Why It Might Not: Despite broadening the field for Best Picture, big, popular films still aren’t winning the award. You’d have to go way back to The Return of the King to find the last time a true blockbuster film won Best Picture. This is despite such films as American Sniper, Gravity and Django Unchained making it on the ballot. There may very well be an anti-blockbuster bias in the Academy and, if real, does not bode well for Fury Road’s chances.
Our Score: B+
Rotten Tomatoes: 97% | IMDB: 8.2 | Metacritic: 89
The Hype: By now, everyone’s seen Ridley Scott’s The Martian. Matt Damon starred in it and for a while, it was the thing, with politicians citing it as inspirational and pushing NASA to make a trip to Mars a reality. The film’s use of science mixed with comedy made this sci-fi film an audience favorite, so it’s no surprise it ended up on the short list for Best Picture.
Why It Might Win: Arguably no film had a bigger audience impact this year than The Martian. It’s already won an award for best picture, albeit for Best Comedy and, in an edge over Mad Max, has proven to be much more broadly appealing.
Why It Might Not: Just as Mad Max may not win due to an anti-blockbuster bias among Academy voters, The Martian could suffer similarly. And if the bias isn’t real, then both films could split votes and cancel each other out. Sci-fi films also haven’t done well at the Oscars, with Gravity and Her both missing out a couple of years ago.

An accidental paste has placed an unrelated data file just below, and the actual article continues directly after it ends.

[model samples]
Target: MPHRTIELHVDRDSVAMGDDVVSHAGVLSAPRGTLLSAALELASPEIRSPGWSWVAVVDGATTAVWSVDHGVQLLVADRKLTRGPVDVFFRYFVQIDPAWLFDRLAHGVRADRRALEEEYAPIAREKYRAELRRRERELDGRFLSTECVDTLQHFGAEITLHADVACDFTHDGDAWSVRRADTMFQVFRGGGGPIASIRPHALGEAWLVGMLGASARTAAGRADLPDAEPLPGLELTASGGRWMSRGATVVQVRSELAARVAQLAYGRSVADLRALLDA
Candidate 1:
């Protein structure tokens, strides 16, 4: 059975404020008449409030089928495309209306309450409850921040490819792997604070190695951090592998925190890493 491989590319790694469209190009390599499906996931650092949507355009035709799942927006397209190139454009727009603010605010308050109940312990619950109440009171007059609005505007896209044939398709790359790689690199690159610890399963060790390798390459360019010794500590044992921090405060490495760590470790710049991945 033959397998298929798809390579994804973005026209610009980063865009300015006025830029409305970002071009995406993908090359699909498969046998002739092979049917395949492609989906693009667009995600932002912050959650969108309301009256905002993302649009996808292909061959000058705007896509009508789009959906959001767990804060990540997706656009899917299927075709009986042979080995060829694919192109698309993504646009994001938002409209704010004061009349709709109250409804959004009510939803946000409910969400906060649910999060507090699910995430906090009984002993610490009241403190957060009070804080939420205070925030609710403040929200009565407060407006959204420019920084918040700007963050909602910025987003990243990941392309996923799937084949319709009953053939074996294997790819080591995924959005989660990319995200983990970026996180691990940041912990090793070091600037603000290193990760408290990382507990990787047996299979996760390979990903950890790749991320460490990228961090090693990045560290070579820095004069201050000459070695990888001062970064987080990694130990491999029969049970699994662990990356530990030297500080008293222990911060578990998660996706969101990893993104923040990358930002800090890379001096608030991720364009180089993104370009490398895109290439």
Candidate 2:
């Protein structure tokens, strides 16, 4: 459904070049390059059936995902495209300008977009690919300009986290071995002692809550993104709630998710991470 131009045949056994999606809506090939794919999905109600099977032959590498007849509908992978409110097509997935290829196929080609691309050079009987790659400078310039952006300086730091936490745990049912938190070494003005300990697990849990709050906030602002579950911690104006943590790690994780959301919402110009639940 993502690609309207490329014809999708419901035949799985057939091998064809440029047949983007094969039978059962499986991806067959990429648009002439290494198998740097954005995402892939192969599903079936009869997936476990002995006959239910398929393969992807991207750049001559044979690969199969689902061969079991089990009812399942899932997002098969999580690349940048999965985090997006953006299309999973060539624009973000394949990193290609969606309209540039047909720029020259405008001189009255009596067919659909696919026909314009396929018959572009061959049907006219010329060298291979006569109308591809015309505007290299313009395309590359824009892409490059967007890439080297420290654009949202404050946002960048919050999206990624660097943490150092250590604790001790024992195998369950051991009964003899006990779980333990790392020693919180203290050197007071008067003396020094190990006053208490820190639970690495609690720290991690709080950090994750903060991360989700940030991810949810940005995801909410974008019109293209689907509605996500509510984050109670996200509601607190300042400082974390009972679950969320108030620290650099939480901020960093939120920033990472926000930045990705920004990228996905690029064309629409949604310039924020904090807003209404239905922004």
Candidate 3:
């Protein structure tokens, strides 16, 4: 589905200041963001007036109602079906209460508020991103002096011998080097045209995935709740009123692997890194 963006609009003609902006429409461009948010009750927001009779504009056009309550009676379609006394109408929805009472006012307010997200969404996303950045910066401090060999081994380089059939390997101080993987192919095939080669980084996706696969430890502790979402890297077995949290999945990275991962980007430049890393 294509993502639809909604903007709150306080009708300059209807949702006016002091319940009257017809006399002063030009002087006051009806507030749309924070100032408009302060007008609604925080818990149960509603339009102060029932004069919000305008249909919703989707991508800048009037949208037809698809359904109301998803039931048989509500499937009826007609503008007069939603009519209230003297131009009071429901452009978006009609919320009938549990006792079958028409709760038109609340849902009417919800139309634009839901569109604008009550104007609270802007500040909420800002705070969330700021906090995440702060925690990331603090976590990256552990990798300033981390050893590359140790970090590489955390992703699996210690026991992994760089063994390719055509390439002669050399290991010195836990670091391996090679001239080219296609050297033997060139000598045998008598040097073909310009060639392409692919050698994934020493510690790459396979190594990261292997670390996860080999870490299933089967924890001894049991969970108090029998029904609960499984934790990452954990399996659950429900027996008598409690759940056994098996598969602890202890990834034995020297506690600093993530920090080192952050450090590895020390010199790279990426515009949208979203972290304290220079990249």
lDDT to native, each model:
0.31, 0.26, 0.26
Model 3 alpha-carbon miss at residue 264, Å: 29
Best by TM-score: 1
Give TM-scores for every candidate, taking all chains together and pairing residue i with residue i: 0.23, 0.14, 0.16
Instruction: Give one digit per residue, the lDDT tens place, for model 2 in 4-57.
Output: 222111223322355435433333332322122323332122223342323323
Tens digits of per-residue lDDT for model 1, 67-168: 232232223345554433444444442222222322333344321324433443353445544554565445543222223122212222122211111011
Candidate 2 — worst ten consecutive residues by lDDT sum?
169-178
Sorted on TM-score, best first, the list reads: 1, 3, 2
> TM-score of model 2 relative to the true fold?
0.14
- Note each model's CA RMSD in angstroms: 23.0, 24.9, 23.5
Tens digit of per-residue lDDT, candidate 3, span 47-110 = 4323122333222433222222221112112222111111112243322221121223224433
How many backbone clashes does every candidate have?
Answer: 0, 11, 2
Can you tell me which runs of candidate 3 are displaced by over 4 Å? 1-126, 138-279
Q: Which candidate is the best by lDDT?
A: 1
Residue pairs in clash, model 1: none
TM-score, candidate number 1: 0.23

Our Score: B+
Rotten Tomatoes: 92% | IMDB: 8.1 | Metacritic: 80
The Hype: Released just in time (barely) for Oscar consideration, The Revenant has leapt to the front of critics’ choice for Best Picture. Leonardo DiCaprio’s take on a vengeful fur trader is his best acting perhaps ever and director Alejandro Iñárritu brings his trademark stellar filmmaking skills to bear with all-natural lighting and sumptuously dripping every frame of this film with natural beauty.
Why It Might Win: Iñárritu is Oscar gold, with three of his last four films nominated for best picture, and Birdman winning the top prize just last year. Add that with DiCaprio’s finest performance and the film is a huge favorite for this category. There simply isn’t a hotter filmmaker in Hollywood right now.